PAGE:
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United States Department of Agriculture

Agricultural Research Service

Title: Simulating Winter Wheat Productivity under Various Climate Scenarios.

Author
item Zhang, Xunchang

Submitted to: American Society of Agronomy Abstracts
Publication Type: Abstract Only
Publication Acceptance Date: October 1, 2003
Publication Date: November 1, 2003
Citation: ZHANG, J. SIMULATING WINTER WHEAT PRODUCTIVITY UNDER VARIOUS CLIMATE SCENARIOS. CD-ROM. MADISON, WI: AMERICAN SOCIETY OF AGRONOMY. 2003.

Interpretive Summary: Abstract Only.

Technical Abstract: Physically based hydrologic and crop models are useful tools for assessing the impacts of climate variation on natural resources. Most response models require daily weather input, which is often generated using stochastic daily weather generators. The objectives of this work were to evaluate the ability of the CLIGEN model to generate daily weather of particular climate scenarios and to assess further the hydrologic and crop responses to generated climate scenarios at a field scale using the Water Erosion Prediction Project (WEPP) model. Four Oklahoma weather stations were used to evaluate the ability of the CLIGEN model to generate daily weather. The validated CLIGEN model was then used to generate 'typical' climate scenarios that mimic wet-, dry-, and average-year conditions, and to reproduce NOAA's seasonal climate forecasts. The calibrated WEPP model was used to simulate grain yield of winter wheat for the generated climate scenarios. The CLIGEN model is suitable to generate daily weather series of climate scenarios of particular interest, and is a useful tool for downscaling monthly climate forecasts to daily values for use with crop models. Results also indicated that for a 1% increase in growing-season precipitation in central Oklahoma, wheat grain yield increased by 0.5 to 0.8%, depending on initial soil moisture conditions. This study shows that CLIGEN, when used with crop models such as WEPP, provides an effective means for assessing the impacts of seasonal climate variations or a particular seasonal/climate forecast on crop productivity.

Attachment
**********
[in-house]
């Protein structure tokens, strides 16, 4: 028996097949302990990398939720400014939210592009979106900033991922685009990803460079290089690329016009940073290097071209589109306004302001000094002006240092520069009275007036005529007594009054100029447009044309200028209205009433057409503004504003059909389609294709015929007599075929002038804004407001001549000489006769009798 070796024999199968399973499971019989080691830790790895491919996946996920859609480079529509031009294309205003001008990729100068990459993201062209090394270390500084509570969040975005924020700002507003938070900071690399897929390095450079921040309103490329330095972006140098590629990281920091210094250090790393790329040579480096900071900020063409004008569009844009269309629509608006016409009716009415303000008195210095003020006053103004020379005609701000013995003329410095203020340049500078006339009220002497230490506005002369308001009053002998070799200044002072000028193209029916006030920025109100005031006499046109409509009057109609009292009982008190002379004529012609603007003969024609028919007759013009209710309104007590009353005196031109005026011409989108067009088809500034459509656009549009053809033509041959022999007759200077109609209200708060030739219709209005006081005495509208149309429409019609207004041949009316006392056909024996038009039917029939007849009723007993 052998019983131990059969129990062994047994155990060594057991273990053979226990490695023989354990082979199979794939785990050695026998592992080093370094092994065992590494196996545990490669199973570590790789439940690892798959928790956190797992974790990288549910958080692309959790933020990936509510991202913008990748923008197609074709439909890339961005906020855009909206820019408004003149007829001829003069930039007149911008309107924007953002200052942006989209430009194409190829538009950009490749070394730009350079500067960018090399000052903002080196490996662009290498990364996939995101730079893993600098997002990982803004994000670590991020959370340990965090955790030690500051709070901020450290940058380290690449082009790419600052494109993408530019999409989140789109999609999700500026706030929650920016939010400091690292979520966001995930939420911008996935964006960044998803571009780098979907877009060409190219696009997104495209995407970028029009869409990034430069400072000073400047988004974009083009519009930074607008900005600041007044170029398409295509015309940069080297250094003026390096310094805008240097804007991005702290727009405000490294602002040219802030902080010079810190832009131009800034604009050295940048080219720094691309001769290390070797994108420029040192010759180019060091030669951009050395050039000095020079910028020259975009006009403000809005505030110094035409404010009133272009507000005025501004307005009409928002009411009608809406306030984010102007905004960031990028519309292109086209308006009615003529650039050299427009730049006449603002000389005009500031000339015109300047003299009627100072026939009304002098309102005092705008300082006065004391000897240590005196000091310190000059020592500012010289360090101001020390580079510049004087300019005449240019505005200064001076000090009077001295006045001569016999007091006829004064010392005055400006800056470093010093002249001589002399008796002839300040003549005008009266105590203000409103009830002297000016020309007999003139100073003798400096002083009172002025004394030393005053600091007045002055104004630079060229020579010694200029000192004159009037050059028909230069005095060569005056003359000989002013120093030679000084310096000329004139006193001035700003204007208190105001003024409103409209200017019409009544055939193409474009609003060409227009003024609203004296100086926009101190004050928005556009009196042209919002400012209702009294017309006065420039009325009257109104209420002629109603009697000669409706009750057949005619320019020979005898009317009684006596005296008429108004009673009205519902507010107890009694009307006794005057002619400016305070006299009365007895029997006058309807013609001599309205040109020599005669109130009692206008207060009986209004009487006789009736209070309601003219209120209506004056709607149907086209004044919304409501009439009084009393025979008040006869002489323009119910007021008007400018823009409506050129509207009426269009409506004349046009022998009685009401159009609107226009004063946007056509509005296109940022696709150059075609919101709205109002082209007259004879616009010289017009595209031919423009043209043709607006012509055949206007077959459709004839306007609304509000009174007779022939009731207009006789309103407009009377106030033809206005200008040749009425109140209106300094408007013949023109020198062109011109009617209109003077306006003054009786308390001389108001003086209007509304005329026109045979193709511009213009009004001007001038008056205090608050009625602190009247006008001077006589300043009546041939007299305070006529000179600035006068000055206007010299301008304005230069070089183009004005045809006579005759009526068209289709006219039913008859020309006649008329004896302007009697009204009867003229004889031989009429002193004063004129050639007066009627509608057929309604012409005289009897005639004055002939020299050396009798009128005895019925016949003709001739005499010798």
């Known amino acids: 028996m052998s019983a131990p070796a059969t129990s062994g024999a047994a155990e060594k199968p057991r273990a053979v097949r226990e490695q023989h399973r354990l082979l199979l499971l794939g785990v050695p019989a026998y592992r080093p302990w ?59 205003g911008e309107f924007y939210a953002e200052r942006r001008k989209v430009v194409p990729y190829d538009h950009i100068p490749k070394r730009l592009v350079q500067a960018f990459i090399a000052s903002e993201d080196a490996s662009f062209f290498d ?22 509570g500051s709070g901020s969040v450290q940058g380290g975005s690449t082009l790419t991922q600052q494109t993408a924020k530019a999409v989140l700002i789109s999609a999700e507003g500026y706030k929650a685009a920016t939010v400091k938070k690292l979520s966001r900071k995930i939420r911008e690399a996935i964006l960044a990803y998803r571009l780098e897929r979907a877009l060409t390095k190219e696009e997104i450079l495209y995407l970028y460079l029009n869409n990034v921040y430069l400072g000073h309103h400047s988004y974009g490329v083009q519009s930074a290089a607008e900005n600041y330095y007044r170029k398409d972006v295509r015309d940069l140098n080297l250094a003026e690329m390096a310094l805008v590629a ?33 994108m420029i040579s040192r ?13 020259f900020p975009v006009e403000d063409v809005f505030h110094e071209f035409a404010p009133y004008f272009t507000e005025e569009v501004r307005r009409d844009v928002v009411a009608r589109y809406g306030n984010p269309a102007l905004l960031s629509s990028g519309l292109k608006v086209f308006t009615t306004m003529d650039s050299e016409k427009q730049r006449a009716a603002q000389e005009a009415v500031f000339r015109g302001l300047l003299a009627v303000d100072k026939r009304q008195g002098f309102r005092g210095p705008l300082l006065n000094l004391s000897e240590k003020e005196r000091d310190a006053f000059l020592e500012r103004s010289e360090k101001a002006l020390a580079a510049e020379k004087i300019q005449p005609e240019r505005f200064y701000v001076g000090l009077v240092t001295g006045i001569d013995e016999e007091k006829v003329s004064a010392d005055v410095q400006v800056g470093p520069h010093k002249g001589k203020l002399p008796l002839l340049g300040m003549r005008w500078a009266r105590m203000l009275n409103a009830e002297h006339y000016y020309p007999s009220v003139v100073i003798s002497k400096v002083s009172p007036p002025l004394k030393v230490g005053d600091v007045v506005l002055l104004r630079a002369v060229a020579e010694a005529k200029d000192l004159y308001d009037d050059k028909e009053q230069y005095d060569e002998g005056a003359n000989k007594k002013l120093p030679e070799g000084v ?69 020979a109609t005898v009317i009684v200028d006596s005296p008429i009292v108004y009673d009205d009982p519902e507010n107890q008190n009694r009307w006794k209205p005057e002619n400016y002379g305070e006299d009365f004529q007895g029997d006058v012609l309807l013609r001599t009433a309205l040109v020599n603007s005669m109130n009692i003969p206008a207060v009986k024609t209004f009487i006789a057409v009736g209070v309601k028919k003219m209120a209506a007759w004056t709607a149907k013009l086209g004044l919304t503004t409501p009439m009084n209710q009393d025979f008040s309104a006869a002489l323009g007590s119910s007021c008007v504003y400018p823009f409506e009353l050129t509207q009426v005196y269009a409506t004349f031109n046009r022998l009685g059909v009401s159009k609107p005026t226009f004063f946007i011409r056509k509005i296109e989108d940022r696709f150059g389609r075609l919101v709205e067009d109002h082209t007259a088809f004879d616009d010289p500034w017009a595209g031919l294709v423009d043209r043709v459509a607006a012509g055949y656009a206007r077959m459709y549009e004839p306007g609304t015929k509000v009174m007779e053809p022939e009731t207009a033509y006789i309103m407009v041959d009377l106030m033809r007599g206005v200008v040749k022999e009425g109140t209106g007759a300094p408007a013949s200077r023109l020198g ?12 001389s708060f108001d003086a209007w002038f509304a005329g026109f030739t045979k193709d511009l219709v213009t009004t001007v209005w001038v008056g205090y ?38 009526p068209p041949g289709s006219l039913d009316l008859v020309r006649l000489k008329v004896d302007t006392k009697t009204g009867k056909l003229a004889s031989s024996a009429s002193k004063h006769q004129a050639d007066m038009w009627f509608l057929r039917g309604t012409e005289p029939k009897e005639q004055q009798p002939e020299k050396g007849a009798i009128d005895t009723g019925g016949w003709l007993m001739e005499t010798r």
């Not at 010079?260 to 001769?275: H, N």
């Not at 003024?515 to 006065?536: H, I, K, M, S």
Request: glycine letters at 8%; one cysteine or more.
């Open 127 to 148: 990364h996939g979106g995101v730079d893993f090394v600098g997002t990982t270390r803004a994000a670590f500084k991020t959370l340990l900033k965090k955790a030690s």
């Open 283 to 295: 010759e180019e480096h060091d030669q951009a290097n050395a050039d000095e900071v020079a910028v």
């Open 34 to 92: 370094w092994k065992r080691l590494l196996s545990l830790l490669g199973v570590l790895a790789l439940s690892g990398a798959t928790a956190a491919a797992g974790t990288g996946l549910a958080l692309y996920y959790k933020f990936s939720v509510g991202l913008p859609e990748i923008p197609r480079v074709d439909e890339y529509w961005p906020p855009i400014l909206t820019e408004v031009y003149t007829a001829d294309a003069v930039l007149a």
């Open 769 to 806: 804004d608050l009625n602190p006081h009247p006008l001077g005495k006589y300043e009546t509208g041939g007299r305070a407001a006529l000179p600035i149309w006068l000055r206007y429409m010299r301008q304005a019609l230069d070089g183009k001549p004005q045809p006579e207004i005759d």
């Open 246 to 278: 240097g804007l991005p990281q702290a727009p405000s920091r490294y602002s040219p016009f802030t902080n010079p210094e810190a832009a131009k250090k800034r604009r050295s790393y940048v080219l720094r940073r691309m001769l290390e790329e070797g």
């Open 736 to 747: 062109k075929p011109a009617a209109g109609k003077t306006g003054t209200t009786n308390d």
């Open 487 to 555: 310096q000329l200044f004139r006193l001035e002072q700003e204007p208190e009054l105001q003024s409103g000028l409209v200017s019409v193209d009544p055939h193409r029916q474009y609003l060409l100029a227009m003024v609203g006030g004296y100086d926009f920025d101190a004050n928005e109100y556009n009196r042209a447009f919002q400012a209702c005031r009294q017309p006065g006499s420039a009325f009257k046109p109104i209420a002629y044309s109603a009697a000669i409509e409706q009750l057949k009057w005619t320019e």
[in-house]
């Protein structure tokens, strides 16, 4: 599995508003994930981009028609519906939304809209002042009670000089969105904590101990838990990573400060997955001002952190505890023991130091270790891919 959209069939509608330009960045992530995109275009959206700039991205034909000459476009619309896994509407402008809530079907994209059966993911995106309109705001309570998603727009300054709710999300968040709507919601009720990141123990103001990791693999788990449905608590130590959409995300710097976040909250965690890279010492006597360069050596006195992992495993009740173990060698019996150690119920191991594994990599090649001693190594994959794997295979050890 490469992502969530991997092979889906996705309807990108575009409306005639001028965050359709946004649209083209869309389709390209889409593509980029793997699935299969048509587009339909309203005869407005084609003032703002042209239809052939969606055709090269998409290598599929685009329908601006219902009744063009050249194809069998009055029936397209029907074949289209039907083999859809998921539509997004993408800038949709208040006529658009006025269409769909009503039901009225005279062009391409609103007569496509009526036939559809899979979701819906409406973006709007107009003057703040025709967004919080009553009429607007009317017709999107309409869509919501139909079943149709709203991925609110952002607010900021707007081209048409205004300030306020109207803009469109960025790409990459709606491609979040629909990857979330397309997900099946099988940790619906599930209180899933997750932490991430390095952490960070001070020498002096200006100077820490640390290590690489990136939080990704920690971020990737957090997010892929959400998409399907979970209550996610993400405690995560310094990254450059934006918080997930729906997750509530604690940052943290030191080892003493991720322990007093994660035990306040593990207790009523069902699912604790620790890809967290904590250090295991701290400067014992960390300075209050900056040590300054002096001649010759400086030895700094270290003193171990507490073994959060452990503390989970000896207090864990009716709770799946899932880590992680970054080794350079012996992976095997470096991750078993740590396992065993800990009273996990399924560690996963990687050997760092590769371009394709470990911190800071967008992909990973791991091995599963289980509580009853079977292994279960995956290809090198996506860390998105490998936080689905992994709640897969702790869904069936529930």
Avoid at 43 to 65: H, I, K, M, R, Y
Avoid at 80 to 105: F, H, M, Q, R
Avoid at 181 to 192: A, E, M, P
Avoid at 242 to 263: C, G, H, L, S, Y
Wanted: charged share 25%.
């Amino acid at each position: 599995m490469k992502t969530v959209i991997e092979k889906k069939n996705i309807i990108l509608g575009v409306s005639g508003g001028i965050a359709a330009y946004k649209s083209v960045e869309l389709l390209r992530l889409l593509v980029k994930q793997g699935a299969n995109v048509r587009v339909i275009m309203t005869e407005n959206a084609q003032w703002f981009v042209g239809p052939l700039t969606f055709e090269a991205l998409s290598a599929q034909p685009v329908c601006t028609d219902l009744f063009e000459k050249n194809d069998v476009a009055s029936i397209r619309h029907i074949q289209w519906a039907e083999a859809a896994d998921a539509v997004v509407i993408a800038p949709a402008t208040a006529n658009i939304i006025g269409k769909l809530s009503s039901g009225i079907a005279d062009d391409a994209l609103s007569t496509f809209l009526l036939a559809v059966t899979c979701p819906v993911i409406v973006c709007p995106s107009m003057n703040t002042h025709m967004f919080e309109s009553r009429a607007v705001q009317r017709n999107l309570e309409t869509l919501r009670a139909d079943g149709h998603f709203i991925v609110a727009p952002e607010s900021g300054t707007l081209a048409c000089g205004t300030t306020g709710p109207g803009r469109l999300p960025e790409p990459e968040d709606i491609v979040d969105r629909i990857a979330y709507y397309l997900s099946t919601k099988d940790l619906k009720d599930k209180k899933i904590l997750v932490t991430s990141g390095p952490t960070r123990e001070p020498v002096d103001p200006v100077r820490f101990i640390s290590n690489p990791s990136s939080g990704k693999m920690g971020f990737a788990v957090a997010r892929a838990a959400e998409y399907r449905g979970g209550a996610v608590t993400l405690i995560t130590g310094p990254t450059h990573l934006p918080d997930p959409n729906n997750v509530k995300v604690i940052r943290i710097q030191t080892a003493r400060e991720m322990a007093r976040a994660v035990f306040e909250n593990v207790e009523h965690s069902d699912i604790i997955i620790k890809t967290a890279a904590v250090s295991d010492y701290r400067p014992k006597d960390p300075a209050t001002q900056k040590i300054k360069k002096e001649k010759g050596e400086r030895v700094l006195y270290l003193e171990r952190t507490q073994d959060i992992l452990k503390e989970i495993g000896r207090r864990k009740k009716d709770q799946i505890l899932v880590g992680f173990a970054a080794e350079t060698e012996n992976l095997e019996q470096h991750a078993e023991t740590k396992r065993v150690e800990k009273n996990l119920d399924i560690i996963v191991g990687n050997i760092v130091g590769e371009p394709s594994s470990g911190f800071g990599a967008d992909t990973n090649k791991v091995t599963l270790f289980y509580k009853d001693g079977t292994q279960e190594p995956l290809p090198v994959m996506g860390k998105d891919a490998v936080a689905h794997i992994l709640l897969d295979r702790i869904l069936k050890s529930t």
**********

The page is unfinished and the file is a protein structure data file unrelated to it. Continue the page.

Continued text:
Last Modified: 8/27/2014
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